Current Exhibitions


Prints from Warhol to Wool

Press information

What do artists find so fascinating about series and, even more, about serial repetition in printmaking? Series are open systems; they tell stories, play with rhythm, allow for variations, and document artistic processes. With his famous »Campbell’s Soup« screen prints (1968) and »Marilyn« portraits (1967), Andy Warhol made the serial repetition of images his personal trademark. In the mid-1960s, prints thus became a prime artistic medium for both Pop Art and Fluxus. New graphic techniques such as silkscreen printing and offset, often coupled with bold colours and high-impact motifs, enabled not only large print runs but also a whole new way of manipulating images from the popular print media and advertising. It was not only Pop Art, however, but also Minimal Art and Conceptual Art with their graphic sequences that brought serial printmaking into the spotlight.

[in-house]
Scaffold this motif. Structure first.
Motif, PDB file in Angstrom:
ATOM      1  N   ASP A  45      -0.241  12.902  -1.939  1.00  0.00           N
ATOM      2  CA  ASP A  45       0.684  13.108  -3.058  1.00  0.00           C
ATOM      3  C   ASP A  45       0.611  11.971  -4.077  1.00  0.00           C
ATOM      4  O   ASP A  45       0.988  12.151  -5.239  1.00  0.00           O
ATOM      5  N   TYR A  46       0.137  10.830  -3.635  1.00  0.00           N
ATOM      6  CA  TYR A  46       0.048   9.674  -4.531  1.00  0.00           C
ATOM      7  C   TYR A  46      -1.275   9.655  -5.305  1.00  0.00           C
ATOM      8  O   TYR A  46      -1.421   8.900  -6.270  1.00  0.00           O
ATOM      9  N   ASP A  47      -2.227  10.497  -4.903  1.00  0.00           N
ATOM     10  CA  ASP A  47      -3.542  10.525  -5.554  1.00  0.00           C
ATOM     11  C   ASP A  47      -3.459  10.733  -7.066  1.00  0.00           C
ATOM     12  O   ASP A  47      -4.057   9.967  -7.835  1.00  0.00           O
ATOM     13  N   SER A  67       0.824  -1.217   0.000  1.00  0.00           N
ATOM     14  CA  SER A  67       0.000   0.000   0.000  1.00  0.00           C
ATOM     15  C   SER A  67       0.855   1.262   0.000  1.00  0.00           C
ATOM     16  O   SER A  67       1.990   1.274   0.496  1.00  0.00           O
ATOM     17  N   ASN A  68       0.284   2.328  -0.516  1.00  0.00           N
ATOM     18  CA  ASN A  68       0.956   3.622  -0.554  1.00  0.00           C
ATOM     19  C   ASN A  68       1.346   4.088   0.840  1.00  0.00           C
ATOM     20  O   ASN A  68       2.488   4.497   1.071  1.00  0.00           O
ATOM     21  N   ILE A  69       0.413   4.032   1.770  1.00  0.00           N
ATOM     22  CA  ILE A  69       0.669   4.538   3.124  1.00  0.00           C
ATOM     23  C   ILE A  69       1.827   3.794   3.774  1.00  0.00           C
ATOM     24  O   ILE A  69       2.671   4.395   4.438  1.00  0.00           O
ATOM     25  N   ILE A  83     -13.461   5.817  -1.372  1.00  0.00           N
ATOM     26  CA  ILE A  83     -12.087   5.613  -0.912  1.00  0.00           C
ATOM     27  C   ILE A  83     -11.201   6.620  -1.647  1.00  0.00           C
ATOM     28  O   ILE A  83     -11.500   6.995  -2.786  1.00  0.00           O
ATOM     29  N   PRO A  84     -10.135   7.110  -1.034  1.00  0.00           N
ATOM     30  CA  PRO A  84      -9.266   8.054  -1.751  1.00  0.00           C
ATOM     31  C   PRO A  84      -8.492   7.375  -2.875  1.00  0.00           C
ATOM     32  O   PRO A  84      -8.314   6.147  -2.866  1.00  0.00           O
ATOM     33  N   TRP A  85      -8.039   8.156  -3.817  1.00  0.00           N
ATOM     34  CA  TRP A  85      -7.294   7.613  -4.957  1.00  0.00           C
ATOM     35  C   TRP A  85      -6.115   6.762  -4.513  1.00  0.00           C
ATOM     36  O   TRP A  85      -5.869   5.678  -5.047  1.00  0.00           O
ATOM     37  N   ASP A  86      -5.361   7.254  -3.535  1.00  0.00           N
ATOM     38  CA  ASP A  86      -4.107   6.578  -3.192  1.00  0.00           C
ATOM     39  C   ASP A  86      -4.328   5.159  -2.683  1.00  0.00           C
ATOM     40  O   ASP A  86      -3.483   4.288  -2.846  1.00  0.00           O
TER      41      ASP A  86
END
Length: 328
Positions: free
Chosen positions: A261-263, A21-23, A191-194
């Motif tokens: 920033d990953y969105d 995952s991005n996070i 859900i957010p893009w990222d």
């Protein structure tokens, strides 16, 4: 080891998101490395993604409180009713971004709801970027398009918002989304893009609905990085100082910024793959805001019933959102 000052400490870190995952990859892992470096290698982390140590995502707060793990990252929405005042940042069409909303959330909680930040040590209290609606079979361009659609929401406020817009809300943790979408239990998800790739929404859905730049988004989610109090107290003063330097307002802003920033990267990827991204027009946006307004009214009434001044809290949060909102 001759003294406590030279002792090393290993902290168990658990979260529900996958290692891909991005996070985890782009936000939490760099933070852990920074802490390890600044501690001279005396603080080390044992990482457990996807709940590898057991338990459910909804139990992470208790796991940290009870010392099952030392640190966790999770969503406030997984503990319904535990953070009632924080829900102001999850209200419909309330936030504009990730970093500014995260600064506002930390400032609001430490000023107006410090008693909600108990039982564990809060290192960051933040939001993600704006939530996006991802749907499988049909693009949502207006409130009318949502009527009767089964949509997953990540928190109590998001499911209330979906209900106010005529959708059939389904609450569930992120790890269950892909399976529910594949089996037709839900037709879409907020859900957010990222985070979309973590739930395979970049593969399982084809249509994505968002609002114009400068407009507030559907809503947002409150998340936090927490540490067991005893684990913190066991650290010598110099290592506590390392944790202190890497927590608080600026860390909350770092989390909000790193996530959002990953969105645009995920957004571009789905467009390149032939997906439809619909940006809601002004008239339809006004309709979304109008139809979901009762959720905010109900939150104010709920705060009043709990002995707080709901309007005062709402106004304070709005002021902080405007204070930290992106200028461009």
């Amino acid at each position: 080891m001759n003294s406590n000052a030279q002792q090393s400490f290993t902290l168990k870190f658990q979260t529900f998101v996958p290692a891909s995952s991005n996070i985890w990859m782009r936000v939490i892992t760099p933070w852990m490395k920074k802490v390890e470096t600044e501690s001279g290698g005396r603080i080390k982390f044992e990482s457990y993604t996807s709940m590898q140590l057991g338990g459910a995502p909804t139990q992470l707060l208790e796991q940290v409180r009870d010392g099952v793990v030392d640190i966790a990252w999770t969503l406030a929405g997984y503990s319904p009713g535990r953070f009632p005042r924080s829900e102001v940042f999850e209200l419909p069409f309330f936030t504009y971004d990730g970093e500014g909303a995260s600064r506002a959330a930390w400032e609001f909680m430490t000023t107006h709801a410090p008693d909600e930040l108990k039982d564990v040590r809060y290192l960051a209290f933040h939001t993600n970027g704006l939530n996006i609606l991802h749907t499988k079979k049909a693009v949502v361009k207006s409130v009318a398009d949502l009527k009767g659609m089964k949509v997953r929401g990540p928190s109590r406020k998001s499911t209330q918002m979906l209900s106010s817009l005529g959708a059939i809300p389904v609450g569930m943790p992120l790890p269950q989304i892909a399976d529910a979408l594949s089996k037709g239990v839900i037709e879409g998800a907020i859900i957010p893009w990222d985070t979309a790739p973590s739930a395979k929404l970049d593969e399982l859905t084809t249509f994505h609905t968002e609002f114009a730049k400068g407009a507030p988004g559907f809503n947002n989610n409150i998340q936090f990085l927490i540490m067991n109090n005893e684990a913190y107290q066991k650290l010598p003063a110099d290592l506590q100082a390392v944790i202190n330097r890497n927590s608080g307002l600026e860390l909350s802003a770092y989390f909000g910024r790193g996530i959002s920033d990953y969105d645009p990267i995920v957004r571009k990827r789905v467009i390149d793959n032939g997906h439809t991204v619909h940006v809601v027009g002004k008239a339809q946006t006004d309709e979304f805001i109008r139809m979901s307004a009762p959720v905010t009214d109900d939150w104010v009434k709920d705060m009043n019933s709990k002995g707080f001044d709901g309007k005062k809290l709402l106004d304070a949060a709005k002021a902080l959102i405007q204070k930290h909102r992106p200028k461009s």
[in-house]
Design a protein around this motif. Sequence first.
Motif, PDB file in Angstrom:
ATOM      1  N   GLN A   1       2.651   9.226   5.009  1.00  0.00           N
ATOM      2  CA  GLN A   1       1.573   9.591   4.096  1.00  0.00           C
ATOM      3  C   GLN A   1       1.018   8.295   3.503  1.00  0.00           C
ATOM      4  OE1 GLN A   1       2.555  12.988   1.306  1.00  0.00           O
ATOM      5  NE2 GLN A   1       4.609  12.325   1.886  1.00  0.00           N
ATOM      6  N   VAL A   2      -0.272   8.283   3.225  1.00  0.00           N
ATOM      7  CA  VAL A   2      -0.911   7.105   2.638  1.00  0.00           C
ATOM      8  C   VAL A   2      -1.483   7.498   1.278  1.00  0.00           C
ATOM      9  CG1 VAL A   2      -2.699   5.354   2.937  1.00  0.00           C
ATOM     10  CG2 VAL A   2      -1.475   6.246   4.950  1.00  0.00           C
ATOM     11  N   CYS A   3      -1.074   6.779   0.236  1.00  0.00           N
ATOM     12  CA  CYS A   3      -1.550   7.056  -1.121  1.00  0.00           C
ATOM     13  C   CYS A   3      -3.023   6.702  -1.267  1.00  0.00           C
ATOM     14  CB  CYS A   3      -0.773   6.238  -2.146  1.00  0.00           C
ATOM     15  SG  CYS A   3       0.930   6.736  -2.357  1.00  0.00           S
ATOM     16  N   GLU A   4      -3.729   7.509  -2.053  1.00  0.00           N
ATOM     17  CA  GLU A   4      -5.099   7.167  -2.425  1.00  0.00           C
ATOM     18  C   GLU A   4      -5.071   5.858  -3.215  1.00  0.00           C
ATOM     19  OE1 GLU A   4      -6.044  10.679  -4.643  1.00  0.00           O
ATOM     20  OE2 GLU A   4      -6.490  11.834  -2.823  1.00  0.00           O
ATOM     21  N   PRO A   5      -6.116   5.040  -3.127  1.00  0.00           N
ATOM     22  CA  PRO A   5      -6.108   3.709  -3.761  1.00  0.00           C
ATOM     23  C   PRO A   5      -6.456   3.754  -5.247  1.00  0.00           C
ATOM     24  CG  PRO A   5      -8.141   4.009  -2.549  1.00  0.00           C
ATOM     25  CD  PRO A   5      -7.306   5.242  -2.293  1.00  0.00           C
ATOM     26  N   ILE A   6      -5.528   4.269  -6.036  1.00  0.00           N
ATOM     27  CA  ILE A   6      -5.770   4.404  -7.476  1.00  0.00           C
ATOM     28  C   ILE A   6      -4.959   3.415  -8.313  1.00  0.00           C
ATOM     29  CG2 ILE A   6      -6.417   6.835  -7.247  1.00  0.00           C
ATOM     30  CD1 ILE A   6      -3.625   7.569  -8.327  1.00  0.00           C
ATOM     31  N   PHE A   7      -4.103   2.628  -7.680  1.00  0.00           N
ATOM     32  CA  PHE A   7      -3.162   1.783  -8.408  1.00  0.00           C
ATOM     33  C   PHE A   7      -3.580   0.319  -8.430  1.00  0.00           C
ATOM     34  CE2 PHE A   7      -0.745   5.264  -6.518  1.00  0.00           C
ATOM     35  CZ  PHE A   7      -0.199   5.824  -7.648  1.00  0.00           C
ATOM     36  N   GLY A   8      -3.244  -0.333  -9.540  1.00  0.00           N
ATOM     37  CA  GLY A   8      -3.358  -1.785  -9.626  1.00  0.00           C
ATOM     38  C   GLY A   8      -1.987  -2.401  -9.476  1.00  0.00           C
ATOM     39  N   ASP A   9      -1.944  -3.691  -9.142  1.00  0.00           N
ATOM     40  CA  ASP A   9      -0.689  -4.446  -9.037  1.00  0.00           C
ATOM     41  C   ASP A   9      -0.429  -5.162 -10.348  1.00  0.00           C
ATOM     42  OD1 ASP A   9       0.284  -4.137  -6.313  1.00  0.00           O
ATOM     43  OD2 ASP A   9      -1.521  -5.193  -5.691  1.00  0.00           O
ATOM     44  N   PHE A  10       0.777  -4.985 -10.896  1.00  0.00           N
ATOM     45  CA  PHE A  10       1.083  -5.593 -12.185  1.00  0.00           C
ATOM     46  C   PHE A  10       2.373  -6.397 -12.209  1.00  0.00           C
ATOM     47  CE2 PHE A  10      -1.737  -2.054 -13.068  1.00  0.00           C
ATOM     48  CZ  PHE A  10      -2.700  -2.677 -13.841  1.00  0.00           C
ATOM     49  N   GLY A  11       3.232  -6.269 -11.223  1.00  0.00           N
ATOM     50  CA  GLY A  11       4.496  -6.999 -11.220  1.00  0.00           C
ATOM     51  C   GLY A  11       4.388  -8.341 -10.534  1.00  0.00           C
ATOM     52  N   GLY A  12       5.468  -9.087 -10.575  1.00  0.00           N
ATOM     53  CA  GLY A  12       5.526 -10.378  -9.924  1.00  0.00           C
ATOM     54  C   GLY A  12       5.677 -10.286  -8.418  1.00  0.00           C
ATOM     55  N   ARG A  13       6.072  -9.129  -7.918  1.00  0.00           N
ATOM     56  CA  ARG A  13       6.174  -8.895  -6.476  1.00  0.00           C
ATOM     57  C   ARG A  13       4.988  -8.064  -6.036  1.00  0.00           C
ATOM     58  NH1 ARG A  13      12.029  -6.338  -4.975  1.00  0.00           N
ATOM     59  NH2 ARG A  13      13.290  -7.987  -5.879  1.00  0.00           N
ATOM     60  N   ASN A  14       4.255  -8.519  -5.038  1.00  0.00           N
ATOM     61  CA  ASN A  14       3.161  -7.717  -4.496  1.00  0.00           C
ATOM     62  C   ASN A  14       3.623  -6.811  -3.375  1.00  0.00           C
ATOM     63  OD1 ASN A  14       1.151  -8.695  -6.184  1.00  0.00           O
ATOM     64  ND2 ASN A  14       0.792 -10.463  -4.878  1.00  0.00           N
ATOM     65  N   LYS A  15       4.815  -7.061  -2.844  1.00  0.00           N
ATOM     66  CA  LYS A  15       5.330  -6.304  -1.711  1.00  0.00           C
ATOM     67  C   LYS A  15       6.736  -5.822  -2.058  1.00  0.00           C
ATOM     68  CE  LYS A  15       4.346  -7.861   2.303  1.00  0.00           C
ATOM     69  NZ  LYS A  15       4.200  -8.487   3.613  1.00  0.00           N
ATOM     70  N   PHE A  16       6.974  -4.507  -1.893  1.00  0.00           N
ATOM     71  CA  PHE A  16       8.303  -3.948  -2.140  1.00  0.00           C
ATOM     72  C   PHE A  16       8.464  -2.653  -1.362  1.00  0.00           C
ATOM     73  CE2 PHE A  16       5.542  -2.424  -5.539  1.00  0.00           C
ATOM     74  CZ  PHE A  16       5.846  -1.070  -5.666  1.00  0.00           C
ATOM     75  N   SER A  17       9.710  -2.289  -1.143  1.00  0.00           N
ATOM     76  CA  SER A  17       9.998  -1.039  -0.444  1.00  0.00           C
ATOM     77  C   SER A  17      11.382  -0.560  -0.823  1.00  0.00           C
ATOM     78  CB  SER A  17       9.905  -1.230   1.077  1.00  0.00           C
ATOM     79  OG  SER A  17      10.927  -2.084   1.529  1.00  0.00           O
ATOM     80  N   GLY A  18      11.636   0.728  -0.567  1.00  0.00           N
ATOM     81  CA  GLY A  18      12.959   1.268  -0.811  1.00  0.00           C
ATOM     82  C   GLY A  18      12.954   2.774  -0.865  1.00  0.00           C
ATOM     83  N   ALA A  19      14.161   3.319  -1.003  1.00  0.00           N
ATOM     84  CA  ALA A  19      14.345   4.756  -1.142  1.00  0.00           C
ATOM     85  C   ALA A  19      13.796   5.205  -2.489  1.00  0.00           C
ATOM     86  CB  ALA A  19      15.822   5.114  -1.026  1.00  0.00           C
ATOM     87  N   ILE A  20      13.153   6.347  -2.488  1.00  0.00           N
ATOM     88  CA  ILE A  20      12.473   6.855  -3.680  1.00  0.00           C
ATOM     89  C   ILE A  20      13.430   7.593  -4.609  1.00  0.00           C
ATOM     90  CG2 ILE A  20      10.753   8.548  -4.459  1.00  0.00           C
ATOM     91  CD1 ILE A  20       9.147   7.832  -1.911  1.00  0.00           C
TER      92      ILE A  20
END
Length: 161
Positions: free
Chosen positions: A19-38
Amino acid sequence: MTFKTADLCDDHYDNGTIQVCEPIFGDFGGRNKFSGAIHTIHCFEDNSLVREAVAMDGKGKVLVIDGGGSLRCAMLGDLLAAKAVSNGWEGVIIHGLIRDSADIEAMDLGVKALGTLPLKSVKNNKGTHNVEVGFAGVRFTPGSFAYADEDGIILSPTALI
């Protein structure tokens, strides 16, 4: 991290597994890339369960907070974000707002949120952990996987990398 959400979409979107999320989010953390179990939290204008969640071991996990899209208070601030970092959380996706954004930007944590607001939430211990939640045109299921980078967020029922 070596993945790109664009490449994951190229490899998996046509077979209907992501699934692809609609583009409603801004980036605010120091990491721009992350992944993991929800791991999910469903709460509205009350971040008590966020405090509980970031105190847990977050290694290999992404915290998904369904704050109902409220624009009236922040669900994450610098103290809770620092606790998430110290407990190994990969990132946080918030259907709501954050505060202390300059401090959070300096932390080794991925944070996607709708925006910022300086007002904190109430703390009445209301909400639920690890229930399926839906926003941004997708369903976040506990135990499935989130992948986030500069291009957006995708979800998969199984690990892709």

The Hamburger Kunsthalle’s Department of Prints and Drawings owns an outstanding collection of print series, which, with the exception of Andy Warhol’s (1928–1987) screen prints, have rarely or never been shown before. The exhibition SERIES now presents for the first time highlights from the collection dating from 1960 to the present that allow the history of this medium to be traced from Josef Albers’s (1888–1976) »Hommage au carré« (1965) to David Hockney’s (b. 1937) cycle »A Rake’s Progress« (1961–63) and onward to Roy Lichtenstein’s »Haystack« series and Christopher Wool’s (b. 1955) 2016 series »Untitled«. A second focus is on recent acquisitions of works by younger artists, such as the series »Mid- Sentence«  (2018) by Nina Canell (b. 1979) and Helen Cammock’s sequence (b. 1977) »Shouting in Whispers« (2017).